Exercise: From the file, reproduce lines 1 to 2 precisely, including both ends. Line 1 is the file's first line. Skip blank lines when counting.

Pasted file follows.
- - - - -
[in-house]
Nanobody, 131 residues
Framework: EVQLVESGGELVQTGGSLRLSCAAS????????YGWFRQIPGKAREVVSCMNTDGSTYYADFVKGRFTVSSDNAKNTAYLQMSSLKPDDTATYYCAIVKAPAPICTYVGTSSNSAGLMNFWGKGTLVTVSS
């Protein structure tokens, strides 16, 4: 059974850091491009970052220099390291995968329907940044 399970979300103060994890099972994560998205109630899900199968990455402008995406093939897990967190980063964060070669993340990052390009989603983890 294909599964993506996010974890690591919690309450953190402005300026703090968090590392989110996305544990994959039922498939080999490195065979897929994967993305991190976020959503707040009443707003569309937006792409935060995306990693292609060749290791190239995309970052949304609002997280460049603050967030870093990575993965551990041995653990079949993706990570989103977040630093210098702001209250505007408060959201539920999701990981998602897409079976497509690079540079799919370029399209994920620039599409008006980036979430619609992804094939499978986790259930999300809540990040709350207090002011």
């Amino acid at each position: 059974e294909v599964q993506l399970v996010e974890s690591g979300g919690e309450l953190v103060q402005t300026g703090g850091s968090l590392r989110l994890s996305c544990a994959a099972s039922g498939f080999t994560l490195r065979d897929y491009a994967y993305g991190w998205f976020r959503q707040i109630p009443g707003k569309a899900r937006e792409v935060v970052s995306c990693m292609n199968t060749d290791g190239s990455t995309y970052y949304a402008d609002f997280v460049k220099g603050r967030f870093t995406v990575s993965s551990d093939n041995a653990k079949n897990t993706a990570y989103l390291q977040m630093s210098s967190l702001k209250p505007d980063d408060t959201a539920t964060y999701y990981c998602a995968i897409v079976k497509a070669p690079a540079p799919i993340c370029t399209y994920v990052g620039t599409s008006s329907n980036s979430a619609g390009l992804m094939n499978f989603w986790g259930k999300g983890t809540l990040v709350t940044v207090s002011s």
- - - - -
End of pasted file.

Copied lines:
[in-house]
Nanobody, 131 residues